“(5) Notwithstanding subsection (3)—

(a) where a company—
(i) is incorporated in the State and, by virtue of the law of a relevant territory other than the State, would be resident in that relevant territory for the purposes of tax if it were incorporated in that relevant territory but would not otherwise be resident for tax purposes in that relevant territory, and
(ii) is managed and controlled in that relevant territory and, by virtue of the law of the State, would be resident for the purposes of tax in the State if it were so managed and controlled in the State but would not otherwise be resident for tax purposes in the State, and

(b) accordingly, the company would not, apart from this subsection, be regarded, by virtue of the law of any territory, as resident in that territory for the purposes of tax, that company shall be regarded for the purposes of the Tax Acts and the Capital Gains Tax Acts as resident in the State.”

Part (a) of that makes a number of references to a "relevant territory". In this case a relevant territory is "an EU Member State other than Ireland or in a country with which Ireland has a Double Taxation Agreement". Ireland does not have a tax treaty with Bermuda thus Bermuda is not a "relevant territory" so companies managed and controlled in Bermuda do not come under the remit of the provision.

Under Bermudan law Google Ireland Holdings is not tax resident there because it is not incorporated there. Under Irish law GIH is not tax resident here because it is not managed and controlled here and comes under the trading exemption. And, because GIH is not managed and controlled in a "relevant territory" it does not come under the provision from the 2013 Finance Act. It is not clear why the provision in part (a) only applies to a “relevant territory” and not any territory. There may be legal reason for this but it appears to be a provision that could be applied to any territory. It seems like a choice was made to limit it to a “relevant territory”.

The Finance Act did not ensure that Irish registered companies cannot be stateless. The text of the provision means that as long as the Irish-registered non-resident (IRNR) company is managed and controlled outside of a relevant territory it can continue to be "stateless" as long as that country does not apply a test of management and control to determine residency. Bermuda doesn’t. Cayman doesn’t. And probably a few more. The promises of the Budget speech have not been delivered on.

Of course, under US law GIH is viewed as an Irish company and Google can use “check the box” and the “same-country exemption” from the US tax code to engineer a deferral of the US corporate income tax due.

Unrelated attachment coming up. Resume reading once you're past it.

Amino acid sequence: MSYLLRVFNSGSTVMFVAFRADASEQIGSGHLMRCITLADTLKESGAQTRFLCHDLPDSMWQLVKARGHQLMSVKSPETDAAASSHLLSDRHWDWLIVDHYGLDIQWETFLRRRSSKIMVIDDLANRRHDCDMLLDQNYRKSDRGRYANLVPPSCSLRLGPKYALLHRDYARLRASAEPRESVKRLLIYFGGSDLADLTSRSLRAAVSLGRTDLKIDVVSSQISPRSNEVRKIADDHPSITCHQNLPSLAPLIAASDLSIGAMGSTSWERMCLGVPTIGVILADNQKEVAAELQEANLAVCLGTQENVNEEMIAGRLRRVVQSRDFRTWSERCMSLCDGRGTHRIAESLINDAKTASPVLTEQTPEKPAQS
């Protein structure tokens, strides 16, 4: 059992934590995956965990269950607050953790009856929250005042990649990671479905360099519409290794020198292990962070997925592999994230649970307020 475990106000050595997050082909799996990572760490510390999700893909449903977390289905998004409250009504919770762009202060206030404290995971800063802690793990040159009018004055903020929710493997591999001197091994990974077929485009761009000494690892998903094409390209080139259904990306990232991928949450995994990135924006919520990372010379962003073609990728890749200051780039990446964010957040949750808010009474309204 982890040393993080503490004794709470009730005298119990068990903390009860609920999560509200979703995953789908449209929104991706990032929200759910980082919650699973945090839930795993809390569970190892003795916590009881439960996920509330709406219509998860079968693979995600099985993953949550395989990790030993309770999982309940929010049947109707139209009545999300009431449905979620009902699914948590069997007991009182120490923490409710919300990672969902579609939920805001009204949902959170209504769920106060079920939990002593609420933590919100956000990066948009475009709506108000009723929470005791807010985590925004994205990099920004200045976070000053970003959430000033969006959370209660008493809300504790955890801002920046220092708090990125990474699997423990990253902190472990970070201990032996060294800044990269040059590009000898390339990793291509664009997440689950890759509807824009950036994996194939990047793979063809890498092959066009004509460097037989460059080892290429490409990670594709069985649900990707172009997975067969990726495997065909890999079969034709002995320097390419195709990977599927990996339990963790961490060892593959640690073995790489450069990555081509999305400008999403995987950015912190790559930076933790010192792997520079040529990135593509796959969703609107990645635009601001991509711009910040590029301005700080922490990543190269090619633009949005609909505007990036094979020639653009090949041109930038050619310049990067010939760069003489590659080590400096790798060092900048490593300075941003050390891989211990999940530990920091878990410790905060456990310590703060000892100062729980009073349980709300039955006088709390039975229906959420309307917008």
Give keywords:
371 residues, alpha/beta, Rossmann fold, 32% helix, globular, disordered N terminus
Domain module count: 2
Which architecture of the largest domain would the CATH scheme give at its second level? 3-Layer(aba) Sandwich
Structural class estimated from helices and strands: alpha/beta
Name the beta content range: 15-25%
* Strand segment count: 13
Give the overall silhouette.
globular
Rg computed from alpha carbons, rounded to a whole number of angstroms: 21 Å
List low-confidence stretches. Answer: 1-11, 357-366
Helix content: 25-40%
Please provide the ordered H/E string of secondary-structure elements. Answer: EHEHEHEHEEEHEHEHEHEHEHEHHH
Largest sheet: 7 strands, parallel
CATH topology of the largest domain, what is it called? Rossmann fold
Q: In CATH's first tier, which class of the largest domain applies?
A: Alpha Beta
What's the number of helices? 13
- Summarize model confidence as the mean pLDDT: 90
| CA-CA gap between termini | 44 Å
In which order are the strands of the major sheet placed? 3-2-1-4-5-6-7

In the scheme of things the “stateless” position of GIH does not get much attention because the rate of corporation tax in Bermuda is zero so regarding it as a resident of Bermuda makes no difference to the commonly-accepted narrative. It did matter in the case of Apple because the "stateless" companies were managed and controlled in the US even though those companies were equally creating a corporation tax of zero. Which in both cases is only prior to any possible formal repatriation of the profits the US parent when the federal US corporate income tax of 35 per cent would be applied as recently highlighted by Ebay.

The provision of the 2013 Finance Act is somewhat less vigorous then seems to be commonly accepted. It was only a limited move against “stateless” companies. Under the change, Irish-incorporated companies eligible to the ‘trading’ exemption from the test of incorporation could not remain stateless by being managed and controlled in a country that only applies the test of incorporation to determine residency. However, this limitation only applies if those companies are managed and controlled in a EU country or a country Ireland has a formal tax treaty with. It does not apply to companies that are managed and controlled in Bermuda, the Cayman Islands or similar territories.

It is still possible to have Irish-incorporated companies that are “stateless” for corporate income tax purposes. Just don’t do it in Cupertino, California and get the US Senate into a tizzy.  In reality Google do it in Mountain View, California but make the limited effort of having a “brass plate” in Hamilton, Bermuda and maybe hold the odd board meeting or AGM there.  It looks like the 2013 Finance Act means Apple will be heading there too.

2 comments:

  1. Has this loophole been closed up since? It seems quite a mistake to make! Unless it was intentional?

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  2. This comment has been removed by a blog administrator.